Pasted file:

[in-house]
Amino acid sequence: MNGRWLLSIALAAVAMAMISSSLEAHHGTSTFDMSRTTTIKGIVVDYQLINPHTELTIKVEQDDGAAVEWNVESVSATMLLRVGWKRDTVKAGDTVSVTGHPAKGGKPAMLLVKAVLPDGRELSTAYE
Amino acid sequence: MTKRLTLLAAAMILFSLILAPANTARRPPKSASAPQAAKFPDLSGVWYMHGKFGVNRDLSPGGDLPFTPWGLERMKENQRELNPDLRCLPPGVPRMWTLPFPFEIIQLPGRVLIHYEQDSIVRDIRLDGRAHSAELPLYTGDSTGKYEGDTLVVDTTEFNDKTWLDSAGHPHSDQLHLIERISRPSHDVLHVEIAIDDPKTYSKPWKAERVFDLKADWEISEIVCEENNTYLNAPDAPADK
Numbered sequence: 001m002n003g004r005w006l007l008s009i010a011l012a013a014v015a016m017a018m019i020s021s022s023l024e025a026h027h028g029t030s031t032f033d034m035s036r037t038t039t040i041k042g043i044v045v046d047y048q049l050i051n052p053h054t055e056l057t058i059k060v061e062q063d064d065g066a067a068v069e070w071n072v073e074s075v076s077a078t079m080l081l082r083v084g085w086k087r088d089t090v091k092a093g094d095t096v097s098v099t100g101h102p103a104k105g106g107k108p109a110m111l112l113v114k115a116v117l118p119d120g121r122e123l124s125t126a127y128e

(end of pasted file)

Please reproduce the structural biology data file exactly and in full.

[in-house]
Amino acid sequence: MNGRWLLSIALAAVAMAMISSSLEAHHGTSTFDMSRTTTIKGIVVDYQLINPHTELTIKVEQDDGAAVEWNVESVSATMLLRVGWKRDTVKAGDTVSVTGHPAKGGKPAMLLVKAVLPDGRELSTAYE
Amino acid sequence: MTKRLTLLAAAMILFSLILAPANTARRPPKSASAPQAAKFPDLSGVWYMHGKFGVNRDLSPGGDLPFTPWGLERMKENQRELNPDLRCLPPGVPRMWTLPFPFEIIQLPGRVLIHYEQDSIVRDIRLDGRAHSAELPLYTGDSTGKYEGDTLVVDTTEFNDKTWLDSAGHPHSDQLHLIERISRPSHDVLHVEIAIDDPKTYSKPWKAERVFDLKADWEISEIVCEENNTYLNAPDAPADK
Numbered sequence: 001m002n003g004r005w006l007l008s009i010a011l012a013a014v015a016m017a018m019i020s021s022s023l024e025a026h027h028g029t030s031t032f033d034m035s036r037t038t039t040i041k042g043i044v045v046d047y048q049l050i051n052p053h054t055e056l057t058i059k060v061e062q063d064d065g066a067a068v069e070w071n072v073e074s075v076s077a078t079m080l081l082r083v084g085w086k087r088d089t090v091k092a093g094d095t096v097s098v099t100g101h102p103a104k105g106g107k108p109a110m111l112l113v114k115a116v117l118p119d120g121r122e123l124s125t126a127y128e